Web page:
With essentially two volumes in one, Paul Hartog provides the entry for Polycarp’s writings in the Oxford Apostolic Fathers Oxford University Press series. For each of Polycarp’s writings, Hartog provides substantial introductions, Greek text with English translation, and commentary. This review consists of interaction with the introductory materials of both The Epistle to the Philippians and the Martyrdom, along with brief notes on the Hartog’s text and commentary.
Before the material on each writing, Hartog sets the tone with an overview of Polycarp the person, his genuine and falsely-attributed writings, and other early Christian literature about Polycarp. Much of the surviving literature about Polycarp is hagiographical in nature, and dubious in its preservation of historical fact. Yet the understanding of how the early church viewed Polycarp is within that material, so it has value for the historian and student of the early church. Other information about Polycarp which is more likely to be valid, such as Polycarp’s location—Smyrna, his status as bishop, and what can be ascertained of his relationship with the Apostle John as well as Irenaeus.
Hartog’s presentation follows the traditional order of composition, with The Epistle to the Philippians first. The introduction is split into 14 sections spanning over 50 pages. He starts with the historical setting and quickly moves into discussions of textual tradition, authenticity, unity of the epistle, and date. The larger questions today revolve around authenticity and unity of the letter. Hartog interacts with all major theories and their development, providing a map to existing literature through discussion in the text and footnotes.
Hartog continues with shorter sections on genre and style, occasion and purpose, and themes of the epistle. Following these is an extensive section on intertextuality. As many readers of Polycarp’s Epistle to the Philippians are quick to discover, the epistle’s language is infused with the language of the New Testament. Yet discerning and tracing the influence of the Bible on Polycarp’s writing is a difficult task. Hartog, well versed in this area due to his previous work on the relationship between Polycarp and the New Testament, provides an expansive overview to the issue of intertextuality in Polycarp’s letter.
Hartog rounds out the introduction with sections on Polycarp and Paul, theology, opponents, avarice and heresy, and influence. These sections provide necessary background to themes within the letter and the scholarly discussion on their significance.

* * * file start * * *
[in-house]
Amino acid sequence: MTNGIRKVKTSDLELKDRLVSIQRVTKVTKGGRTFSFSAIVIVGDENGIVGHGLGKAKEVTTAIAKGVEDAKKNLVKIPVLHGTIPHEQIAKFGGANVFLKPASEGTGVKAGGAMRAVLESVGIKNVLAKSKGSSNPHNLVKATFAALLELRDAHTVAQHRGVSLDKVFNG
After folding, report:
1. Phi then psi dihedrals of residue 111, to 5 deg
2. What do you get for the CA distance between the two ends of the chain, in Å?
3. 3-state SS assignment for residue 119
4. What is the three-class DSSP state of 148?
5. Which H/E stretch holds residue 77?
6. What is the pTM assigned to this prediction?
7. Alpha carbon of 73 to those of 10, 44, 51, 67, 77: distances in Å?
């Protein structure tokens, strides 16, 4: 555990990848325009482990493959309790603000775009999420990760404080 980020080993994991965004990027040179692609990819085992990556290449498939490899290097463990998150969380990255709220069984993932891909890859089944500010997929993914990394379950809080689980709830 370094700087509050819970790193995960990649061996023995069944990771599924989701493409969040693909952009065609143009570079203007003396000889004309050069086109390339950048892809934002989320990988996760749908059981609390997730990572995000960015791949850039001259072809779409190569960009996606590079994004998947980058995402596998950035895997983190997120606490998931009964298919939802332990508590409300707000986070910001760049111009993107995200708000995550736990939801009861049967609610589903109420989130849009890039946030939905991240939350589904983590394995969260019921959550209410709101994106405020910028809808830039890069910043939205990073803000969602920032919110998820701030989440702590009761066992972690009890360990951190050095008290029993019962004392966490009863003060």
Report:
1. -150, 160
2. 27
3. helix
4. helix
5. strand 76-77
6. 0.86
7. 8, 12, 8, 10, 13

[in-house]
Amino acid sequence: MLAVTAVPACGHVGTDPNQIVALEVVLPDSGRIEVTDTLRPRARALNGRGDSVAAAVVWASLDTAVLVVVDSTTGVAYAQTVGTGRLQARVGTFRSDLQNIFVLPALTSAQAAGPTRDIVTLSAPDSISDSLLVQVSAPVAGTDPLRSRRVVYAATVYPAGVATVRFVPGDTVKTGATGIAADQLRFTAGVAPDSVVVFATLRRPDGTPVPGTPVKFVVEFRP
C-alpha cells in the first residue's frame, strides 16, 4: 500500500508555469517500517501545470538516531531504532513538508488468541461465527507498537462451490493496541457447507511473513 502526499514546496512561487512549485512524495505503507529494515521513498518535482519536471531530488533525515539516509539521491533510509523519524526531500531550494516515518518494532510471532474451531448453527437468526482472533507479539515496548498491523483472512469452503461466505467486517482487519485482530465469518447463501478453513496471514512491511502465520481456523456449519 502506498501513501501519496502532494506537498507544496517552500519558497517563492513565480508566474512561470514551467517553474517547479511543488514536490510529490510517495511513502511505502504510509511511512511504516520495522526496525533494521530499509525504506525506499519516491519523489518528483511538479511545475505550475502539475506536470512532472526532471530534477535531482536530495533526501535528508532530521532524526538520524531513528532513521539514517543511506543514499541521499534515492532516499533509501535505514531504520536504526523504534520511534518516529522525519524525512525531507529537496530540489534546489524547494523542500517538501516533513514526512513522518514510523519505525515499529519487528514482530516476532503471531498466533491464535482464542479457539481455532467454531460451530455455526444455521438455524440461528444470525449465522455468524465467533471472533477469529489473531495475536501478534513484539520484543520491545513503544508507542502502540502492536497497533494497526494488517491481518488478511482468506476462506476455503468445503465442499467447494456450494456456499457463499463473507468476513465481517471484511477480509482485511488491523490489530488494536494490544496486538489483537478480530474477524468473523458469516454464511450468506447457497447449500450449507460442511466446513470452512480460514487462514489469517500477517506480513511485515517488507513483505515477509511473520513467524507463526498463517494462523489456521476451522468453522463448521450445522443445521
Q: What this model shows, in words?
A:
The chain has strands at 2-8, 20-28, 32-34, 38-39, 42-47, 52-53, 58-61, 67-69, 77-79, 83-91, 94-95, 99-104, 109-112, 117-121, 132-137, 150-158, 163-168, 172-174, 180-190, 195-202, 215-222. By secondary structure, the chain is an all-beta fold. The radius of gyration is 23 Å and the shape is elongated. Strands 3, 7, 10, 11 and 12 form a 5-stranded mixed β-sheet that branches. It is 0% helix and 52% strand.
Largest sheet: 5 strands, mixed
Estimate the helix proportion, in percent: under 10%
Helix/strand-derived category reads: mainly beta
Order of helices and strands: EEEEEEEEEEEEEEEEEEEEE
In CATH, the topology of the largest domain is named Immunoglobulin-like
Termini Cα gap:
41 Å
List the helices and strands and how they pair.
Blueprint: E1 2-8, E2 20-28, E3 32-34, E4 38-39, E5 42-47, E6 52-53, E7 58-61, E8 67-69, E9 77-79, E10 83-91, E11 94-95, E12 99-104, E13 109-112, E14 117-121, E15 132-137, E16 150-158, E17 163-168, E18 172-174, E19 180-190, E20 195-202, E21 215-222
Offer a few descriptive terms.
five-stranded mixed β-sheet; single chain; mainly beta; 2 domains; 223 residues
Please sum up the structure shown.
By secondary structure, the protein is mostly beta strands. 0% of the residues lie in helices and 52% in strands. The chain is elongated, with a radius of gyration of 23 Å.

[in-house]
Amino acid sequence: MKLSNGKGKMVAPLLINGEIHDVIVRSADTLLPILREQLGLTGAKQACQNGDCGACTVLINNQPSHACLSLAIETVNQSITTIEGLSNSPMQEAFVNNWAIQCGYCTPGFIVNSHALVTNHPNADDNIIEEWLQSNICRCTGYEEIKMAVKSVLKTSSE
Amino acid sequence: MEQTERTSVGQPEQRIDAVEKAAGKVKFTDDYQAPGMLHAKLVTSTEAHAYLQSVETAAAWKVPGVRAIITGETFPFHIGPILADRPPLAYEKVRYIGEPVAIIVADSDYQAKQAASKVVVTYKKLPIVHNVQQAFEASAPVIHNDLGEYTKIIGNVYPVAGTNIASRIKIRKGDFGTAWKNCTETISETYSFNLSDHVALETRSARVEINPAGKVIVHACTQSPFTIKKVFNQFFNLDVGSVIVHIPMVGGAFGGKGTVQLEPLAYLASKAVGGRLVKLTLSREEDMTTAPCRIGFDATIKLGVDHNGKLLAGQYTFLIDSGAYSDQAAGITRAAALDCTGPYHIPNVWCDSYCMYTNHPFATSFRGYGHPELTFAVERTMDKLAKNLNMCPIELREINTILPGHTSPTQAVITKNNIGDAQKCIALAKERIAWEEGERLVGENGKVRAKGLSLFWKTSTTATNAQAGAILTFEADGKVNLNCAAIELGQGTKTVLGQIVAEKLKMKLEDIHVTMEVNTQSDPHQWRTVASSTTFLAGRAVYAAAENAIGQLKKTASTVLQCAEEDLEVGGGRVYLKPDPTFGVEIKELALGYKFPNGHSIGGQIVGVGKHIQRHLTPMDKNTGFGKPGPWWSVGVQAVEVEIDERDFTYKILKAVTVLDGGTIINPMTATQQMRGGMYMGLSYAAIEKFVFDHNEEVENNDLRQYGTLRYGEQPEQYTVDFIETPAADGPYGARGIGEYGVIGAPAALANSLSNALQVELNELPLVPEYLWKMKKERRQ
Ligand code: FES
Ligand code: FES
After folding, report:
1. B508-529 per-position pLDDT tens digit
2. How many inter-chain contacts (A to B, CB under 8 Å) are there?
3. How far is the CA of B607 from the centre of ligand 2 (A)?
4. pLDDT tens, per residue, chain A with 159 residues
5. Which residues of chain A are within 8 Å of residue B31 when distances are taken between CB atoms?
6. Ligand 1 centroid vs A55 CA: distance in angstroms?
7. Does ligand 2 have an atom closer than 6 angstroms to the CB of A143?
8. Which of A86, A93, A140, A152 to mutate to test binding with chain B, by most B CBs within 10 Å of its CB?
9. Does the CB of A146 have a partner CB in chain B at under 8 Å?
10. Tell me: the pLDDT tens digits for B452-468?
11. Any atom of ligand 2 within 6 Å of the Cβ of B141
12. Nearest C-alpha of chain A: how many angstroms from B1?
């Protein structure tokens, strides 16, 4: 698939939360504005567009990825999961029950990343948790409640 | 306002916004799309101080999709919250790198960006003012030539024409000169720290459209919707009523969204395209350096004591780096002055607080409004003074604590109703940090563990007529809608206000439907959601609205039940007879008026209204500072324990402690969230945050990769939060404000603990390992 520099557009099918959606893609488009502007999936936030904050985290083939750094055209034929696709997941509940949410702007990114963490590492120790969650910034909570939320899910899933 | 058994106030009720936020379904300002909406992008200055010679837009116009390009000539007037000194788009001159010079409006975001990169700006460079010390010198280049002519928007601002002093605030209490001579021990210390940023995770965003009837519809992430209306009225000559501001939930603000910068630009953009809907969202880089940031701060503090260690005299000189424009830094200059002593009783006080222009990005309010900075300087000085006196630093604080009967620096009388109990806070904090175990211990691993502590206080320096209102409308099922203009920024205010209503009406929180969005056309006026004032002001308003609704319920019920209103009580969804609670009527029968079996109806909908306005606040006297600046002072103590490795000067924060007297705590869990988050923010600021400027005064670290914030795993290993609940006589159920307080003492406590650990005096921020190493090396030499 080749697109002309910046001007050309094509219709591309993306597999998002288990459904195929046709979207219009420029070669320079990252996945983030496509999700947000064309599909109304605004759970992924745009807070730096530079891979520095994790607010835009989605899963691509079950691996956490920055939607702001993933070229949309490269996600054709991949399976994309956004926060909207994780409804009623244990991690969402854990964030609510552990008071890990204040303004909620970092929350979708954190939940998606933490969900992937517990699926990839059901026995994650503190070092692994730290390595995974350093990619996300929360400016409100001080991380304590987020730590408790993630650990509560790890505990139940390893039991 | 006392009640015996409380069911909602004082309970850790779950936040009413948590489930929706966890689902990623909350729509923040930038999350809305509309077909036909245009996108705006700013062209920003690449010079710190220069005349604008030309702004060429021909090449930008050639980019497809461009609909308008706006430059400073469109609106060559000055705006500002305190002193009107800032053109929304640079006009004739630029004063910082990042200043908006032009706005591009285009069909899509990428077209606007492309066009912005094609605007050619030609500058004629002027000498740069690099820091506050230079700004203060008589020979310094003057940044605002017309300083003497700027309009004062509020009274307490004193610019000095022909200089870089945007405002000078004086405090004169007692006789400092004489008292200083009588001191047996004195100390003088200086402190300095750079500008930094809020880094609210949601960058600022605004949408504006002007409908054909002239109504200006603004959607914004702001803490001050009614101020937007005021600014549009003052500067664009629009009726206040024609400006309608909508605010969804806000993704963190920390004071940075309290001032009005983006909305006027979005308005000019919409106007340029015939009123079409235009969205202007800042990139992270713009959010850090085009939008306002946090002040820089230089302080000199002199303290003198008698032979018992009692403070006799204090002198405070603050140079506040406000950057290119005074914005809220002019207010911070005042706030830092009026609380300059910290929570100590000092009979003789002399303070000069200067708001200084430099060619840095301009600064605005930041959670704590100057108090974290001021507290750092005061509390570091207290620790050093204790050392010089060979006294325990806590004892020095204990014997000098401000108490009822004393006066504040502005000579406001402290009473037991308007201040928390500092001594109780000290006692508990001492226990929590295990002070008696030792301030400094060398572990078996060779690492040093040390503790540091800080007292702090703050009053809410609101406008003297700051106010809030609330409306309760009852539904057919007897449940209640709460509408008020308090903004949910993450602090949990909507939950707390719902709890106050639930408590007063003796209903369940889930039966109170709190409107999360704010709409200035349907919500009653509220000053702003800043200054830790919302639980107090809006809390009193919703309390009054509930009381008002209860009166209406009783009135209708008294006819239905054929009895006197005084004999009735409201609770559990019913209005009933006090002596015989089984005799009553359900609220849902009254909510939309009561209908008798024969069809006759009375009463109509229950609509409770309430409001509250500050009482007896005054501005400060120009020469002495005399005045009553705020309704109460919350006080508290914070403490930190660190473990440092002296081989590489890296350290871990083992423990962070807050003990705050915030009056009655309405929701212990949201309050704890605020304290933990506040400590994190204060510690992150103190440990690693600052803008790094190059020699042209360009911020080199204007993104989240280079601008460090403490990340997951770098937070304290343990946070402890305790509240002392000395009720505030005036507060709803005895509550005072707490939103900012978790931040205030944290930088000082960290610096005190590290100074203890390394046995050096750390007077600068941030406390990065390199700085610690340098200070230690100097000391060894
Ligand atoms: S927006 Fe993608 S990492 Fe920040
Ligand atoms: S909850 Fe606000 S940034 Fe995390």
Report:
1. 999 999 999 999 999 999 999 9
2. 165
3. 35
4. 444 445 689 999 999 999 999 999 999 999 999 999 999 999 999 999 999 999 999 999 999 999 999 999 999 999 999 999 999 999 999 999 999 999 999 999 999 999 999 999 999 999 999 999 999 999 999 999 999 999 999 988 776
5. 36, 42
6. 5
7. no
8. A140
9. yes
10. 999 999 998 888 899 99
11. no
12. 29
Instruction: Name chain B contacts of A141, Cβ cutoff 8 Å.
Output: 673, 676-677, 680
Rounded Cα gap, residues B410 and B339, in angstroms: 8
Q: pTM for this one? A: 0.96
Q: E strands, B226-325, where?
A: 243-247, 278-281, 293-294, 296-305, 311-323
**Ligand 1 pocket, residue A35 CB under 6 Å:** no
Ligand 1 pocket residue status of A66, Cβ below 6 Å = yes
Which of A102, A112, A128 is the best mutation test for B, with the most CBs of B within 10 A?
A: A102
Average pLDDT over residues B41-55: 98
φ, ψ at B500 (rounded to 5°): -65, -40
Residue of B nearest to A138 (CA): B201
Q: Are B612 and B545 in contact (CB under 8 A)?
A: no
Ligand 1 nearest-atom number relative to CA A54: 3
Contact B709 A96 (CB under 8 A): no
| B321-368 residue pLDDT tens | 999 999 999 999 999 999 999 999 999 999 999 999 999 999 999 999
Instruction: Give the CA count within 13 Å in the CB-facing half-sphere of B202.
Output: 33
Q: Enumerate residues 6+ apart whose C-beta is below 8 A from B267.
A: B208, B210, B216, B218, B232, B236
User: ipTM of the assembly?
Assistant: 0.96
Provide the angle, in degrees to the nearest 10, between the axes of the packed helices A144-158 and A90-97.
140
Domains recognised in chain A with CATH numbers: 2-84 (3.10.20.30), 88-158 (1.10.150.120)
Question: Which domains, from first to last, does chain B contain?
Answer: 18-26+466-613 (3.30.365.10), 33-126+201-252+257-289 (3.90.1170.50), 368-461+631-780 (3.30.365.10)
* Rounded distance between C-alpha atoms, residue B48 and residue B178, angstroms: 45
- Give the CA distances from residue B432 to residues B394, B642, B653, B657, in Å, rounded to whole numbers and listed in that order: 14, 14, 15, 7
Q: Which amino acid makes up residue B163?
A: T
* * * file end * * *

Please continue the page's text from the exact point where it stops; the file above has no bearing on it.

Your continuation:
Hartog’s edition, apparatus, and translation of Polycarp’s Epistle to the Philippians is presented next with Greek/Latin and English on facing pages. While the sigla in the apparatus are explained in the introduction, the structure and symbols of the apparatus (e.g. parentheses, angle brackets) are not. Each chapter and verse are given in their own paragraph in both edition and translation, which leaves the reader with no insight from the editor on where discourse-level segmentation such as paragraph breaks may occur.
Hartog’s introduction to The Martyrdom of Polycarp runs over 70 pages. He covers roughly the same sorts of introductory matters—authorship, recipients, text, authenticity, date, and historicity—as he did in the introduction to Polycarp’s Epistle to the Philippians. As with the previous introduction, the section on intertextuality functions as a boundary between historico-critical introductory matters and issues related to content and understanding of the document. This section also highlights the lack of any direct interaction between the Martrydom and canonical Christian texts.
The introduction continues with sections on theology, view of martyrdom, anti-montanism, Jewish-Christian tradition, legal issues, prayer, and influence. As with other sections, this material provides discussion on these issues among current scholarship with several citations for the motivated reader to follow.
The Greek text and apparatus of the Martyrdom is based on Dehandschutter’s critical text; the translation is Hartog’s. It, as well, has each verse (or section) as its own paragraph, leaving any higher level discourse segmentation such as paragraphing as an exercise to the reader.
Hartog’s commentary on both The Epistle to the Philippians and the Martyrdom lead the reader through respective texts, highlighting translation issues and text-critical issues. His interaction with the available literature is significant, providing discussion and reference to further sources through the footnotes at nearly every point possible.
The entire volume is meticulously researched. The bibliography and footnotes as well as the degree of interaction with German literature not readily accessible to most readers are the obvious strengths of this volume. These factors set Hartog’s work apart. Yet at several points this reviewer felt as if Hartog was focused more on presenting what each consulted source reported about a particular fact, feature, or problem and less focused on presenting what Hartog himself concluded regarding the same issue.
Paul Hartog. Polycarp’s Epistle to the Philippians and the Martyrdom of Polycarp: Introduction, Text, and Commentary. Oxford Apostolic Fathers. Oxford University Press, 2013. Pp. xi + 402. ISBN: 978-0-19-922839-3. $275.00 [Hardback].
About the Author:Rick Brannan
Rick Brannan is information architect at Logos Bible Software. His research interests coalsce around the Bible, Apostolic Fathers, Hellenistic Greek, and technology. He is the general editor of the Lexham English Septuagint (2012), translator and editor of The Apostolic Fathers in English (2012), and editor of Greek Apocryphal Gospels, Fragments, and Agrapha (2013).